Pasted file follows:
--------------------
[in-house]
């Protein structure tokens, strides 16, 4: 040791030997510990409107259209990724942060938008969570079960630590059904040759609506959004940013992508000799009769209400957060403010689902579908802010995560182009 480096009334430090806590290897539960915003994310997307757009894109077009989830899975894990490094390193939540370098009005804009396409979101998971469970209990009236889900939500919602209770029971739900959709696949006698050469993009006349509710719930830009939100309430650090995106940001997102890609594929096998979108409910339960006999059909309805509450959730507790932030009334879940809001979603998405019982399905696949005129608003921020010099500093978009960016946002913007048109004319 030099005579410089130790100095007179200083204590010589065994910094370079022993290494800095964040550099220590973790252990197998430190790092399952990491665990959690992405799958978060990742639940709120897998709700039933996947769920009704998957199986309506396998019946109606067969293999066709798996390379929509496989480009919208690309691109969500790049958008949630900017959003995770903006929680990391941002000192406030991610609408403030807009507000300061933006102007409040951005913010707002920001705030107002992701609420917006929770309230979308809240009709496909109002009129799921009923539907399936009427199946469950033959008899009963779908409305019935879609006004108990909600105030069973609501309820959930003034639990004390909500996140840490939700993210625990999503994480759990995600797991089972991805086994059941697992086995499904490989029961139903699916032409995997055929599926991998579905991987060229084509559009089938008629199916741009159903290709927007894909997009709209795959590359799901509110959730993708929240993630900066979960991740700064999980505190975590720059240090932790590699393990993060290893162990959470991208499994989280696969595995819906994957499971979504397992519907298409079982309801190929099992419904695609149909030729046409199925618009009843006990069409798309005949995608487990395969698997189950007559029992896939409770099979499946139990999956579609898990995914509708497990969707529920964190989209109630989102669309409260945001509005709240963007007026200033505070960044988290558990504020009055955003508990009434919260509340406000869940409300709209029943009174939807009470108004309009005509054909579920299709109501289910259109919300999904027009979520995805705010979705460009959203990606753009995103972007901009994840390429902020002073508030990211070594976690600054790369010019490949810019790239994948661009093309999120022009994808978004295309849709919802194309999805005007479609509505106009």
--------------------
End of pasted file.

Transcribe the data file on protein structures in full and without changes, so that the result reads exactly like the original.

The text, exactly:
[in-house]
């Protein structure tokens, strides 16, 4: 040791030997510990409107259209990724942060938008969570079960630590059904040759609506959004940013992508000799009769209400957060403010689902579908802010995560182009 480096009334430090806590290897539960915003994310997307757009894109077009989830899975894990490094390193939540370098009005804009396409979101998971469970209990009236889900939500919602209770029971739900959709696949006698050469993009006349509710719930830009939100309430650090995106940001997102890609594929096998979108409910339960006999059909309805509450959730507790932030009334879940809001979603998405019982399905696949005129608003921020010099500093978009960016946002913007048109004319 030099005579410089130790100095007179200083204590010589065994910094370079022993290494800095964040550099220590973790252990197998430190790092399952990491665990959690992405799958978060990742639940709120897998709700039933996947769920009704998957199986309506396998019946109606067969293999066709798996390379929509496989480009919208690309691109969500790049958008949630900017959003995770903006929680990391941002000192406030991610609408403030807009507000300061933006102007409040951005913010707002920001705030107002992701609420917006929770309230979308809240009709496909109002009129799921009923539907399936009427199946469950033959008899009963779908409305019935879609006004108990909600105030069973609501309820959930003034639990004390909500996140840490939700993210625990999503994480759990995600797991089972991805086994059941697992086995499904490989029961139903699916032409995997055929599926991998579905991987060229084509559009089938008629199916741009159903290709927007894909997009709209795959590359799901509110959730993708929240993630900066979960991740700064999980505190975590720059240090932790590699393990993060290893162990959470991208499994989280696969595995819906994957499971979504397992519907298409079982309801190929099992419904695609149909030729046409199925618009009843006990069409798309005949995608487990395969698997189950007559029992896939409770099979499946139990999956579609898990995914509708497990969707529920964190989209109630989102669309409260945001509005709240963007007026200033505070960044988290558990504020009055955003508990009434919260509340406000869940409300709209029943009174939807009470108004309009005509054909579920299709109501289910259109919300999904027009979520995805705010979705460009959203990606753009995103972007901009994840390429902020002073508030990211070594976690600054790369010019490949810019790239994948661009093309999120022009994808978004295309849709919802194309999805005007479609509505106009």